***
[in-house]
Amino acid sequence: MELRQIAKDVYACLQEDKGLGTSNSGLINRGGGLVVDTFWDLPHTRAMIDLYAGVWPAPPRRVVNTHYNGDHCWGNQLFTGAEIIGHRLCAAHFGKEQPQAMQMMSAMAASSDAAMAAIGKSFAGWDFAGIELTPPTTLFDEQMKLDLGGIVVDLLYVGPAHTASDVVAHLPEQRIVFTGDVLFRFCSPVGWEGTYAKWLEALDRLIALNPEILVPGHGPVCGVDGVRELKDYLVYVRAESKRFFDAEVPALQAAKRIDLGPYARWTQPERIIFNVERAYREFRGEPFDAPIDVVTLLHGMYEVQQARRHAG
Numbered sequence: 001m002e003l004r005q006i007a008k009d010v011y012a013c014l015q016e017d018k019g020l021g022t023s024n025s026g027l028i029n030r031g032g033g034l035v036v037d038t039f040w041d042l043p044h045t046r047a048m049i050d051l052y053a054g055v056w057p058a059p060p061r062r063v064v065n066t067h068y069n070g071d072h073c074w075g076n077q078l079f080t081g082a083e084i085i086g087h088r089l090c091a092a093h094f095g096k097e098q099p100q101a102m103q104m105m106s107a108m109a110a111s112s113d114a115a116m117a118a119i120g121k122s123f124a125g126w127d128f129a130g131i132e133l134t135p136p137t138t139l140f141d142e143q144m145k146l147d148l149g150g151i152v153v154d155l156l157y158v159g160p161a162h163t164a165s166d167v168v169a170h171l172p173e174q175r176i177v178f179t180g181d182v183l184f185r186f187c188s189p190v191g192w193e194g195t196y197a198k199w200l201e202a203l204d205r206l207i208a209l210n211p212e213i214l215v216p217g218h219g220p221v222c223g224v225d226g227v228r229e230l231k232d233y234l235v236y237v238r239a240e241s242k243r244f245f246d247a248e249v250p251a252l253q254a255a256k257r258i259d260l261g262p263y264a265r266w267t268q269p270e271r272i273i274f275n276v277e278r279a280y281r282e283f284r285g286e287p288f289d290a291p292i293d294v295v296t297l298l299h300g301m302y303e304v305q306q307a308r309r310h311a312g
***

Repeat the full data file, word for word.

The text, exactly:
[in-house]
Amino acid sequence: MELRQIAKDVYACLQEDKGLGTSNSGLINRGGGLVVDTFWDLPHTRAMIDLYAGVWPAPPRRVVNTHYNGDHCWGNQLFTGAEIIGHRLCAAHFGKEQPQAMQMMSAMAASSDAAMAAIGKSFAGWDFAGIELTPPTTLFDEQMKLDLGGIVVDLLYVGPAHTASDVVAHLPEQRIVFTGDVLFRFCSPVGWEGTYAKWLEALDRLIALNPEILVPGHGPVCGVDGVRELKDYLVYVRAESKRFFDAEVPALQAAKRIDLGPYARWTQPERIIFNVERAYREFRGEPFDAPIDVVTLLHGMYEVQQARRHAG
Numbered sequence: 001m002e003l004r005q006i007a008k009d010v011y012a013c014l015q016e017d018k019g020l021g022t023s024n025s026g027l028i029n030r031g032g033g034l035v036v037d038t039f040w041d042l043p044h045t046r047a048m049i050d051l052y053a054g055v056w057p058a059p060p061r062r063v064v065n066t067h068y069n070g071d072h073c074w075g076n077q078l079f080t081g082a083e084i085i086g087h088r089l090c091a092a093h094f095g096k097e098q099p100q101a102m103q104m105m106s107a108m109a110a111s112s113d114a115a116m117a118a119i120g121k122s123f124a125g126w127d128f129a130g131i132e133l134t135p136p137t138t139l140f141d142e143q144m145k146l147d148l149g150g151i152v153v154d155l156l157y158v159g160p161a162h163t164a165s166d167v168v169a170h171l172p173e174q175r176i177v178f179t180g181d182v183l184f185r186f187c188s189p190v191g192w193e194g195t196y197a198k199w200l201e202a203l204d205r206l207i208a209l210n211p212e213i214l215v216p217g218h219g220p221v222c223g224v225d226g227v228r229e230l231k232d233y234l235v236y237v238r239a240e241s242k243r244f245f246d247a248e249v250p251a252l253q254a255a256k257r258i259d260l261g262p263y264a265r266w267t268q269p270e271r272i273i274f275n276v277e278r279a280y281r282e283f284r285g286e287p288f289d290a291p292i293d294v295v296t297l298l299h300g301m302y303e304v305q306q307a308r309r310h311a312g